It's been extremely hot over the past several days in California - 104 degrees F/40 C on Friday in Vallejo. This would seem to be an inopportune time to decide to wind my entire cone of Webs Shetland wool into skeins, but I think the heat got to my brain and I indeed decided that this was the right thing to do. And now that it's done I'm glad to have the whole thing not only in skeins, but washed to boot! Coned yarn tends to be flat and ugly right off the cone and needs to be washed to bring out its true nature. The astonishing thing was how much the whole mass of it bloomed after washing. I knew it was going to be around 4,000 yards / 3.657 meters but the shear size of the mound was a surprise. This wild-looking pile is all 9 skeins heaped together after they had dried.
Using the wonderful clock-reel with built-in yardage counter that my Dad built for me, I wound off 500-yard /457 meter skeins at a time. I got 7 full skeins at that size, plus two smaller ones, off of the 2.2 lb / 1 kilo cone. After tying up each skein in 4 places to keep the yarn from tangling, I immersed them all in buckets of warm water with a generous slug of Eucalan wool wash. I like Eucalan because it's a no-rinse formula. The less handling given to wet wool the better, in my opinion, to reduce the risk of felting. I let the skeins soak for 30 minutes before carefully pressing out as much water as I could, and hanging the skeins outside to dry. Given the weather this didn't take long at all. So now the skeins are ready to knit whenever I decide what I want to knit, which is still very much an open question. There's a beginning gauge swatch in the photo; I've knitted up a bit on size 3 US / 3.25 metric needles, which makes a nice fabric, and have just begun on size 4 US / 3.5 metric needles, which is coming out a bit loose for a garment but might be fine for something lacy. The yarn is still not the softest stuff I ever handled so I doubt it will be knit into something that will be against my skin in any way.
Since I was already behaving inappropriately for the weather conditions, I continued the trend by working away on the Must Have Cardigan. Both sleeves are now done and the back has commenced. The only major modification I've made so far is to cross the centre diamonds in opposite directions so they will mirror each other. I'll repeat the mirroring on the body as well, especially since the back has two panels of the diamonds side by side. It would just look weird to me to have them both cross in the same direction.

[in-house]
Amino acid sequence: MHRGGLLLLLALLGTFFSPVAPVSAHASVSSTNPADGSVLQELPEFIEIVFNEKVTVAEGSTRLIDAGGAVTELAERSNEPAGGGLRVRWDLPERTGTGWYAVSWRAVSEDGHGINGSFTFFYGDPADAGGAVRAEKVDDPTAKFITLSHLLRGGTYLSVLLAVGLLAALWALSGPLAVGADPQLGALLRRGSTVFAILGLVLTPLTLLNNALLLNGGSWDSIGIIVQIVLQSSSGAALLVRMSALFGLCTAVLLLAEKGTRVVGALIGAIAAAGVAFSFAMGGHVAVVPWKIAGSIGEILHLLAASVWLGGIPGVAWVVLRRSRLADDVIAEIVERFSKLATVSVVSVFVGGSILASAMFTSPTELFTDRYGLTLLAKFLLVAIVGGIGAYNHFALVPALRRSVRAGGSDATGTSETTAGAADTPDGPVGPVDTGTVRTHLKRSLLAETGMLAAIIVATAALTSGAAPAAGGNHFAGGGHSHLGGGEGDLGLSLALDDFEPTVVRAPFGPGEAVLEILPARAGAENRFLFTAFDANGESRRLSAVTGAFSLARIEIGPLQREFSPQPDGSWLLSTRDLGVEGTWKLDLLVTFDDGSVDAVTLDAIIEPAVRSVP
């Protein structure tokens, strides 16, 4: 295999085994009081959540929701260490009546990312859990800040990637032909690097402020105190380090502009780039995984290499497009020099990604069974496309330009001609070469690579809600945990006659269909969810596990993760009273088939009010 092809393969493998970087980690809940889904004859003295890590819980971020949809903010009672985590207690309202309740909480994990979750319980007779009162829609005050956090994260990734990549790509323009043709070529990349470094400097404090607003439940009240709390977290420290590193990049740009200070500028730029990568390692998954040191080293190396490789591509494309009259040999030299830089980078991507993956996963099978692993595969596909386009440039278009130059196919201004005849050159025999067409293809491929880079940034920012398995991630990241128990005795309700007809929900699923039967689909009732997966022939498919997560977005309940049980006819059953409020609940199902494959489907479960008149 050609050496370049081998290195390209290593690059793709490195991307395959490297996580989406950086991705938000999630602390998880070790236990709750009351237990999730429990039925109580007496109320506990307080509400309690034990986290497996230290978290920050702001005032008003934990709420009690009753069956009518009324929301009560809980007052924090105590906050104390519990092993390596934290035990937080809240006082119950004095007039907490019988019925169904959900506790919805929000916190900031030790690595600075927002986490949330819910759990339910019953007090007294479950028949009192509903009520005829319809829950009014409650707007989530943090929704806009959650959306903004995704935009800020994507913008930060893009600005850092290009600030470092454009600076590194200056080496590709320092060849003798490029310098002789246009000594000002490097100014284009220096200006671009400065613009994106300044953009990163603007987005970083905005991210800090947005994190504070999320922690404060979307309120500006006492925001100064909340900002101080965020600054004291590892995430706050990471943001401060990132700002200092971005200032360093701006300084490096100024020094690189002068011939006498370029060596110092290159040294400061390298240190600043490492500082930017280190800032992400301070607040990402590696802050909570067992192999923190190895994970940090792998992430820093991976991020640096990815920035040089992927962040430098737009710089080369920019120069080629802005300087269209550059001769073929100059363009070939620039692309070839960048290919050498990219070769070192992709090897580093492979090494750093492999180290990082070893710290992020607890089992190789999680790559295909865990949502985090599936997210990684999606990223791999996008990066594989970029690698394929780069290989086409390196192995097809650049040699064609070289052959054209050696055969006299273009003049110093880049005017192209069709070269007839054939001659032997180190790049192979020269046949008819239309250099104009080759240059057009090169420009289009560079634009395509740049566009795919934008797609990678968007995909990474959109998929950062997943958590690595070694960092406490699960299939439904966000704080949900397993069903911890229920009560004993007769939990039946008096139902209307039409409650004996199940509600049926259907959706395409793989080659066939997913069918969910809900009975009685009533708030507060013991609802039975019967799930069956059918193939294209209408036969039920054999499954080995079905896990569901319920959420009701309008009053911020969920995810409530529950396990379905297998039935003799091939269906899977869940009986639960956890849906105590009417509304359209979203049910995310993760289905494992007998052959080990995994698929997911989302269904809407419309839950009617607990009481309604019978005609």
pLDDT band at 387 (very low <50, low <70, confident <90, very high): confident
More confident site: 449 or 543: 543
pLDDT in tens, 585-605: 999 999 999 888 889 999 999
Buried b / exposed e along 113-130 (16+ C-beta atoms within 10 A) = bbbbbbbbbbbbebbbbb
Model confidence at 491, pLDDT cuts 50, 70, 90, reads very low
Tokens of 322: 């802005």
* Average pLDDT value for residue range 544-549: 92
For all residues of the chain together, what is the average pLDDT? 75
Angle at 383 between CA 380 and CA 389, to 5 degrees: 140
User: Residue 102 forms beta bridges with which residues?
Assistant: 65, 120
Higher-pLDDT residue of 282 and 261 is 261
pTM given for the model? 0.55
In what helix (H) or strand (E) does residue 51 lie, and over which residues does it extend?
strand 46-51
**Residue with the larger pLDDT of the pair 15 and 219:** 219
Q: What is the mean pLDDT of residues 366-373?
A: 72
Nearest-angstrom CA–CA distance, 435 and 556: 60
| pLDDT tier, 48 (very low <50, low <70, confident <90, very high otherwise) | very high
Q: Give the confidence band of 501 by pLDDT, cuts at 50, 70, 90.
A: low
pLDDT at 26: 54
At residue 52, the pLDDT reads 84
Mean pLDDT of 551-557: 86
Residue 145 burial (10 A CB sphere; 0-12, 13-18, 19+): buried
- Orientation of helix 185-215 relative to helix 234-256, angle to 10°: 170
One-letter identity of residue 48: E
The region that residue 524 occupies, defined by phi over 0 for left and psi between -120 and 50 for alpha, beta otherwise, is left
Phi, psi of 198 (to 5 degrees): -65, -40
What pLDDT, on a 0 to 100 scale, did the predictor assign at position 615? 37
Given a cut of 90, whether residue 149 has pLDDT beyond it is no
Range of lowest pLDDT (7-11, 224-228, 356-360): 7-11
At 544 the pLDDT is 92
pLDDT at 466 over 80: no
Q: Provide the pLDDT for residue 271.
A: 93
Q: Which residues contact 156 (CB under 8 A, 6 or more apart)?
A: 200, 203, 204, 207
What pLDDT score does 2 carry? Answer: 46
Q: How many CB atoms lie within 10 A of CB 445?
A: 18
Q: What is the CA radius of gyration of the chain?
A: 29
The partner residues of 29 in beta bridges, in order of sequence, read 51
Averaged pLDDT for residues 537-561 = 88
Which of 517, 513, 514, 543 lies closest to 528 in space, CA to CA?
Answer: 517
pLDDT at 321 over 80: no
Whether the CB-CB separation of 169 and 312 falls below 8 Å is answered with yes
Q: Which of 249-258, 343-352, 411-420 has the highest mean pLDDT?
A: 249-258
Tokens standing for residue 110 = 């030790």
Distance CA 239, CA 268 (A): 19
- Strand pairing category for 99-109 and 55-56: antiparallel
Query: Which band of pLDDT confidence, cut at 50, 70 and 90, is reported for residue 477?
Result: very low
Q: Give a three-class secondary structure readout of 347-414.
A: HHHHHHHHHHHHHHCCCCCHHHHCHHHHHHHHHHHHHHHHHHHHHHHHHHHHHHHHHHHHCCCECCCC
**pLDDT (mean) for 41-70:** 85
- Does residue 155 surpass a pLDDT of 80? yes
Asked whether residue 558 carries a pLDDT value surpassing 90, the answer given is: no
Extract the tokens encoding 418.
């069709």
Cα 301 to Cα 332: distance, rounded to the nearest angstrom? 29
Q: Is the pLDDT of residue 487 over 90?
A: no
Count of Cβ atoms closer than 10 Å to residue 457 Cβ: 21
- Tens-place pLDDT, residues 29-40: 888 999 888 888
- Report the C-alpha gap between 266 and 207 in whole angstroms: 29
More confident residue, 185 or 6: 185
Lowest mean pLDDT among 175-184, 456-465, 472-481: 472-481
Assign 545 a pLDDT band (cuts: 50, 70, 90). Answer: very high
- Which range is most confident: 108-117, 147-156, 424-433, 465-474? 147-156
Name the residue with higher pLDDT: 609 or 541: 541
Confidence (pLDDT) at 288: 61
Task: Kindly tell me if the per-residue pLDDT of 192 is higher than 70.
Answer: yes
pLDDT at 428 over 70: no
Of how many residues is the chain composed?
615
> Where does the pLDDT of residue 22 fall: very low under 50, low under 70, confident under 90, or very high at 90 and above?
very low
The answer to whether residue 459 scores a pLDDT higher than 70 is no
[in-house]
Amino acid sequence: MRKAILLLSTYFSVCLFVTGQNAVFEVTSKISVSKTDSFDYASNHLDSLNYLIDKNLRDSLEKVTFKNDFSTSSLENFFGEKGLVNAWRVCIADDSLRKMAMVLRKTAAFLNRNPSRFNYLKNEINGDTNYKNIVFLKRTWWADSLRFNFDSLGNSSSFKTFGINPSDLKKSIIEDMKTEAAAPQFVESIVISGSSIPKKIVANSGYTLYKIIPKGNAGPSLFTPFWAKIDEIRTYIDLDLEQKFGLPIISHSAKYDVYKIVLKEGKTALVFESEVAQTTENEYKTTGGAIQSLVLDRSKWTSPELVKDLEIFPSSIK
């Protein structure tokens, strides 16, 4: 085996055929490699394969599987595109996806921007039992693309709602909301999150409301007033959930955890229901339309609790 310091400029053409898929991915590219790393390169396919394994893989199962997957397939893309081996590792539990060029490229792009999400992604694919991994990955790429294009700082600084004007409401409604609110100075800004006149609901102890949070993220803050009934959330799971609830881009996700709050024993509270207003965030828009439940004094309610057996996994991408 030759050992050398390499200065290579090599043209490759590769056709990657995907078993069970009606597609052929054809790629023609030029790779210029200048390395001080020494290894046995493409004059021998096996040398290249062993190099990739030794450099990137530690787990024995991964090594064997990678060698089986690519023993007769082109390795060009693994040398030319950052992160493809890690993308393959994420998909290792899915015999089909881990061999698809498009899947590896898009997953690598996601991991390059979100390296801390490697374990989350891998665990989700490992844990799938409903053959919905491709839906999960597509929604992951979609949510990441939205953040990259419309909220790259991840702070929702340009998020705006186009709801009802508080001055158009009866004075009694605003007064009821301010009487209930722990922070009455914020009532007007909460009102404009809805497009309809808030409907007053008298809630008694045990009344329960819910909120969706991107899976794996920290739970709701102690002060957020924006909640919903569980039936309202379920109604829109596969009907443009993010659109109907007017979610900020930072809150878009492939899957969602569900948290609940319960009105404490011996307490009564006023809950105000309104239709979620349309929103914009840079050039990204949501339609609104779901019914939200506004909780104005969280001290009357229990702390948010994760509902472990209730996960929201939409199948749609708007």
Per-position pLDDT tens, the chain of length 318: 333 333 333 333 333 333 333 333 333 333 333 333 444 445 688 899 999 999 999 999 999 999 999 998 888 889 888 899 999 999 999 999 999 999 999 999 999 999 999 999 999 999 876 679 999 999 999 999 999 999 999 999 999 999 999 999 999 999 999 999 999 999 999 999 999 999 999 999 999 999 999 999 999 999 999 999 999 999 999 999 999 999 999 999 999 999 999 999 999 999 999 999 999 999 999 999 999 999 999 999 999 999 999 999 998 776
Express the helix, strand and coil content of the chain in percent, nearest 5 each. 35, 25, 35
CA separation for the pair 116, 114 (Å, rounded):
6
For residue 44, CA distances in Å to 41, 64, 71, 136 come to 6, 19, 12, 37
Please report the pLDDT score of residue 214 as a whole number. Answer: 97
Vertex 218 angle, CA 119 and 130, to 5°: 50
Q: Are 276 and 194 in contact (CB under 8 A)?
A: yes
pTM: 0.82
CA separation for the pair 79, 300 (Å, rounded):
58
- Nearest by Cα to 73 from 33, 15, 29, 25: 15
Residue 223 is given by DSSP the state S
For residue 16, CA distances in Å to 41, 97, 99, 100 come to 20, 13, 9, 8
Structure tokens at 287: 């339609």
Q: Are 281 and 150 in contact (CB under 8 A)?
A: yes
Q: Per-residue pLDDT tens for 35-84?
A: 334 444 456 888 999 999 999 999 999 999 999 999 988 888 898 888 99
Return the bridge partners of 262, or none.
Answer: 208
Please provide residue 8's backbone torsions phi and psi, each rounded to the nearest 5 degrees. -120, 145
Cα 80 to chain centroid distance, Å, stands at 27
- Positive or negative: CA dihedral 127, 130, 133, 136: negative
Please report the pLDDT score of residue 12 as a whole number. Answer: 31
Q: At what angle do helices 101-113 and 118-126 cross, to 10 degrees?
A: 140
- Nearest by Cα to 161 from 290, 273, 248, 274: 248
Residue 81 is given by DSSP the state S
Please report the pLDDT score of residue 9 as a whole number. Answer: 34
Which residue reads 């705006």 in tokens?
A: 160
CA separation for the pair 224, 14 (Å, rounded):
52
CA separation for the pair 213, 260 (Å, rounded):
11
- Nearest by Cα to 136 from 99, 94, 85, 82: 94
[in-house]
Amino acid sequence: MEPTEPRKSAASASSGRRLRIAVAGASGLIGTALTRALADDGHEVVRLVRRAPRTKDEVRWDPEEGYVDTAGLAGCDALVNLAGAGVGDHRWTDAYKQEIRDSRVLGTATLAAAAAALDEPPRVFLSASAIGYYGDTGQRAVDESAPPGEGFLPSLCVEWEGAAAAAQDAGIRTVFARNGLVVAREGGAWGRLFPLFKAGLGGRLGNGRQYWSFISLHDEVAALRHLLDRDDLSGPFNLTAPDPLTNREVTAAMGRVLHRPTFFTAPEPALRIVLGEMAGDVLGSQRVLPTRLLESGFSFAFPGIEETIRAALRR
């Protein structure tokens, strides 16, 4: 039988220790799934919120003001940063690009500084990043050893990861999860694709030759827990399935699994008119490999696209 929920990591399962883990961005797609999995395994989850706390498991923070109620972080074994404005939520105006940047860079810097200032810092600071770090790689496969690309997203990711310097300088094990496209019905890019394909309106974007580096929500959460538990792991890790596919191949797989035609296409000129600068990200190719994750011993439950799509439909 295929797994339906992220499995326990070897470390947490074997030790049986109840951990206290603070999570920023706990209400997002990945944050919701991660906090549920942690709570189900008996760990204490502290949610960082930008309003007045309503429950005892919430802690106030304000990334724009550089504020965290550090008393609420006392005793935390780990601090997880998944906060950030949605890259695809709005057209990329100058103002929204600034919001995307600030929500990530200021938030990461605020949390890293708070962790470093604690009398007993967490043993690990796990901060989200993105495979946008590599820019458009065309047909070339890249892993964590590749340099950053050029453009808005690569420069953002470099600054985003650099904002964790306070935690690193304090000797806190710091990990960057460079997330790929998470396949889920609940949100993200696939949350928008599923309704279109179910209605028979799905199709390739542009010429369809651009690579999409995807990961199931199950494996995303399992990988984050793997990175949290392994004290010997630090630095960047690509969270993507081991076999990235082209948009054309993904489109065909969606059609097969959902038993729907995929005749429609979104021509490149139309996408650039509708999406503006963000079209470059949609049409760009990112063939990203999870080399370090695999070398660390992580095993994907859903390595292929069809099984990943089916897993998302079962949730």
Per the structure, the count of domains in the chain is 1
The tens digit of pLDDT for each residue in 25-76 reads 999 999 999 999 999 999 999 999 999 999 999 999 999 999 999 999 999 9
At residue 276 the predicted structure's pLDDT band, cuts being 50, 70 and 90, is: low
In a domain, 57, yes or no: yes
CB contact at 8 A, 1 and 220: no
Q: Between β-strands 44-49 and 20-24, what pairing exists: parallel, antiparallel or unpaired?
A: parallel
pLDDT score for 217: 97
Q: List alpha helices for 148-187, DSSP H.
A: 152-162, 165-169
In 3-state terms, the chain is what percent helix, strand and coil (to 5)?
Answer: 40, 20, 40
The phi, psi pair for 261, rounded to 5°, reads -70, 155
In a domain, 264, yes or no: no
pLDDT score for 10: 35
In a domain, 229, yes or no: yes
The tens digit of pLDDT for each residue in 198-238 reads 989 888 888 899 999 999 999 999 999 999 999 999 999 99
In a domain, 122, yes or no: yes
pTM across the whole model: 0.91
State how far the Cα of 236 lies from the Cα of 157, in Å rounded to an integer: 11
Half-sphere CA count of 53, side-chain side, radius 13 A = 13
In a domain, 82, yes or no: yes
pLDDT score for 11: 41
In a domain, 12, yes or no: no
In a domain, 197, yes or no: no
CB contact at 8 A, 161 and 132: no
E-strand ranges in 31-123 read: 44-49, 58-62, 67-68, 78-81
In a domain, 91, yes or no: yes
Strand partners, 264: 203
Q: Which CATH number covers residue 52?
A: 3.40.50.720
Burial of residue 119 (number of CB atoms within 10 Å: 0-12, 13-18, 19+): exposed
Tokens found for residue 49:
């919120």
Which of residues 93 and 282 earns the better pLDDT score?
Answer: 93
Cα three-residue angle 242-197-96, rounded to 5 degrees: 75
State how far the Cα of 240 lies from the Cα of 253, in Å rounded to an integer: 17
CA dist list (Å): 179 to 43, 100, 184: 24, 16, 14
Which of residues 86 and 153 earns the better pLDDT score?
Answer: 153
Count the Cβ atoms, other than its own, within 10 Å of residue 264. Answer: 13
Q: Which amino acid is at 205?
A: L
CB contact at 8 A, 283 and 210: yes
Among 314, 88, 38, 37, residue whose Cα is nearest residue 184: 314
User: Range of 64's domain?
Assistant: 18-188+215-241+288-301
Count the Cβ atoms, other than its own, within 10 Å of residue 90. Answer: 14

I have also experienced a major frog attack. This pile of remains is what's left of a Chanel-style jacket I made a while back, and while the jacket looked great it made me look like a small, tweedy, purple whale. Not what I was after, so off to the frog pond with it. I have finally finished the unpleasant task of finding all the buried ends (lots of these as there are 3 colours of yarn in the jacket), picking out the seams, removing the extremely well-sewn-on buttons, and unraveling the double i-cord borders. Now all that's left is the rather pleasant task of unraveling and winding the yarn into balls. I find it easier to wind unraveled yarn into balls on my ball winder and/or nostepinne, and then will rewind it into skeins that I can wash to get the kinks out.
In addition, my good friend Catherine gifted me with a sweater she made but doesn't like that I will also frog. It doesn't fit me as is (it doesn't fit her very well, either, which is why she gave it away) so I will soon convert it back to being usable yarn. I haven't taken a picture of it yet, but it's knit out of a double strand of Plymouth Yarns Bulky Alpaca in a charcoal grey - very, very wonderful yarn! As it's doubled there's probably quite a bit of yarn in it but I don't know for sure how much, so I look forward to exploring it's possibilities once I have the reclaimed yarn in hand.
I will leave you with a picture of beautiful roses from my garden. The garden is an enclosed courtyard and is very much a work in progress, or more like a work waiting to commence. The building was abandoned for about 20 years before Thomas and I made our studio and home here, and the rose bushes somehow managed to survive all that time with no one taking any care of them at all. I have now found that in general the less I do to them the better, and this bouquet is the fruit of my non-labour. Enjoy!